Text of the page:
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What You Should Know About Potential COVID-19 Drugs


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Generic Hydroxychloroquine Bottle

While there are dozens of potential COVID-19 drugs in the pipeline or undergoing tests, the U.S. Food and Drug Administration has not yet approved any drug as a treatment for the novel coronavirus.

In the meantime, hospitals have been treating COVID-19 patients by preventing or controlling infection, providing supplemental oxygen when needed and placing patients on ventilators to breathe for them when necessary, according to the U.S. Centers for Disease Control and Prevention.

Health care providers have begun trying off-label uses of older drugs such as Plaquenil and new, experimental drugs that are still in clinical trials to treat COVID-19. But there is very limited data on these treatments and the drugs themselves carry serious risks.

COVID-19 Drugs Being Tested

The three most widely tried drugs for combatting COVID-19 in the United States have been Plaquenil, chloroquine and remdesivir. Plaquenil (hydroxychloroquine) and chloroquine are related anti-malaria drugs that have been around for decades. Remdesivir is an intravenous drug currently in clinical trials.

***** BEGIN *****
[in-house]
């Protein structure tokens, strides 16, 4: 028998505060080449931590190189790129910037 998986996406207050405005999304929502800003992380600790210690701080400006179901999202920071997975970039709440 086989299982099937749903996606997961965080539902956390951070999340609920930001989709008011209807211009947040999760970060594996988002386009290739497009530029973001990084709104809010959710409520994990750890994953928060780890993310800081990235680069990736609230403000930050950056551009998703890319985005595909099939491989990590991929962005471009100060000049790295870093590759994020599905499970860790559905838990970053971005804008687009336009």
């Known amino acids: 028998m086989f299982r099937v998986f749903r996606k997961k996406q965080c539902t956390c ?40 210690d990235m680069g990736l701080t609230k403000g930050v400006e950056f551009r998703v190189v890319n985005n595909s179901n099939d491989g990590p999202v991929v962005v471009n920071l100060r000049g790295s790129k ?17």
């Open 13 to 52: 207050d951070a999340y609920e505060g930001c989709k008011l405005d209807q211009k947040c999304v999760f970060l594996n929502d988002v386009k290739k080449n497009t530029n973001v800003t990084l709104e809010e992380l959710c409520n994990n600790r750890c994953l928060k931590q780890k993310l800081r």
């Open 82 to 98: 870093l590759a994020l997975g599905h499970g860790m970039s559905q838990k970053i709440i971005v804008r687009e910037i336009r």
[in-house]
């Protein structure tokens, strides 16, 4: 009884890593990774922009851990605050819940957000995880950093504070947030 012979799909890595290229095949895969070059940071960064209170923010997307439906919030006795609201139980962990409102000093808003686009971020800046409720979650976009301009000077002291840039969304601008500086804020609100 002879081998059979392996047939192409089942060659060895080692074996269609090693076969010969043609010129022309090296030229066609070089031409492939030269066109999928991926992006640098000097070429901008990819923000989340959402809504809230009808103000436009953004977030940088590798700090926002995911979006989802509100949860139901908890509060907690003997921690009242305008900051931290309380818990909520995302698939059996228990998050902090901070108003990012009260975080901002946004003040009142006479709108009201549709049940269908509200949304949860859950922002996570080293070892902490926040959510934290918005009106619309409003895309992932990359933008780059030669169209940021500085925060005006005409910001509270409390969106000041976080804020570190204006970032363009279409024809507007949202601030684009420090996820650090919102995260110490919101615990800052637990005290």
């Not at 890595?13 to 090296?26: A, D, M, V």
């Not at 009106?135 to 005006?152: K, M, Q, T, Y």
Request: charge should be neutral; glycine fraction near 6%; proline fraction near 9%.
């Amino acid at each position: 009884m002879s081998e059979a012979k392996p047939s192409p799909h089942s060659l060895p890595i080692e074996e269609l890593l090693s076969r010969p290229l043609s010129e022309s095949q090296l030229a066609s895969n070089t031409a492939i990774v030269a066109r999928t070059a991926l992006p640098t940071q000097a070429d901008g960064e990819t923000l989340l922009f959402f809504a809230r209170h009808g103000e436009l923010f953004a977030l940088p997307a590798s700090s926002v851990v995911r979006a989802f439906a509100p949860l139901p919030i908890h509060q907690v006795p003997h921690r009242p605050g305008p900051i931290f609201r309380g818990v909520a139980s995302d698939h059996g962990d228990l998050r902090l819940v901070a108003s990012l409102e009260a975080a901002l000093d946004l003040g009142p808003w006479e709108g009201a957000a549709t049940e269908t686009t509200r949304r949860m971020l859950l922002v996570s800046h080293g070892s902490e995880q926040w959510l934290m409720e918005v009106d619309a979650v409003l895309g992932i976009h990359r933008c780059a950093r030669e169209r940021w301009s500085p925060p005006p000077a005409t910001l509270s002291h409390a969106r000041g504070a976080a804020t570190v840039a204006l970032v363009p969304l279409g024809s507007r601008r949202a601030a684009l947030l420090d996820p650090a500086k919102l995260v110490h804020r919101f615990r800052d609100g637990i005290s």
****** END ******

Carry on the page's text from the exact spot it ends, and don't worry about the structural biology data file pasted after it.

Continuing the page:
Drugs being tested for COVID-19 and time until they may be ready for use in the U.S. include:

  • Actemra and Kevzara (intravenous arthritis drugs may reduce fevers and the need for oxygen) – First data not expected until Summer 2020
  • Artificial antibodies (several companies are spinning up tests) – Sometime in Fall 2020 at the earliest
  • Chloroquine – Mid- to late April 2020
  • Convalescent plasma (uses concentrated antibodies taken from COVID-19 patients’ blood) – May still be months from widespread use, but limited use could begin anytime in 2020
  • Favipiravir (a flu drug) – Mid- to late April 2020
  • Plaquenil – Mid- to late April 2020
  • Remdesivir – Earliest data expected in April 2020
  • Vaccines – Spring 2021, late 2021 or possibly years away

Source: STAT

However, none of these drugs are sure things. The likelihood of approval for a drug treating something other than cancer is about 11.9 percent, or 1 in 8, according to the Biotechnology Innovation Organization.

Potential COVID-19 Drugs Have Risks and Other Shortcomings

Plaquenil is more common than chloroquine in the United States, but they are members of the same class of prescription drugs. Since first being developed to treat malaria patients, both have become common treatments for inflammatory and autoimmune-related conditions.

China adopted chloroquine as a standard treatment for COVID-19 after a study there found that 130 patients given chloroquine saw some benefits from the drug. The study found that the drug appeared to reduce the severity of COVID-19 and clear the virus from the system sooner. Other countries have followed China’s lead in adopting chloroquine therapy.

The CDC reports that Plaquenil has shown it is more potent than chloroquine in laboratory tests. But much of the evidence to support the drug’s effectiveness against COVID-19 is not based on human tests and is unscientific, according to the CDC.